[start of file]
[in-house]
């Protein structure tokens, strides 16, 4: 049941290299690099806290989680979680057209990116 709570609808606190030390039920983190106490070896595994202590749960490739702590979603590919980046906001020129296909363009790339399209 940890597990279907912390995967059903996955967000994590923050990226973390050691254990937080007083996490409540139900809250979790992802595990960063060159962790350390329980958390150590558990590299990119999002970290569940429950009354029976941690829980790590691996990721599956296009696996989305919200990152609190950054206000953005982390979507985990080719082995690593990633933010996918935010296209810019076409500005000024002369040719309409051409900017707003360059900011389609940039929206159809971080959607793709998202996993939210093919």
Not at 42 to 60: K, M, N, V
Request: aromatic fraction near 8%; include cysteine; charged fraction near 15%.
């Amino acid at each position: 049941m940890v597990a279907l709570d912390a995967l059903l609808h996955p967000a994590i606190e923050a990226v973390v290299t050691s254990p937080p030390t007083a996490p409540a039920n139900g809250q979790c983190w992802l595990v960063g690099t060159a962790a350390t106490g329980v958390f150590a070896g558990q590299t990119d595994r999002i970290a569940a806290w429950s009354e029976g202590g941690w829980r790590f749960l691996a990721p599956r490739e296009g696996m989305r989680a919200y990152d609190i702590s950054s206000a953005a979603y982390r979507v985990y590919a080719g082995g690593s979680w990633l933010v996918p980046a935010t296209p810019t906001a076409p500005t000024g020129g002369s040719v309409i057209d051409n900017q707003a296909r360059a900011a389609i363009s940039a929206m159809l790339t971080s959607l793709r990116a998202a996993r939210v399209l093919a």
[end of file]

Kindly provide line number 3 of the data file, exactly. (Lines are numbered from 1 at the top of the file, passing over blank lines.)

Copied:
Not at 42 to 60: K, M, N, V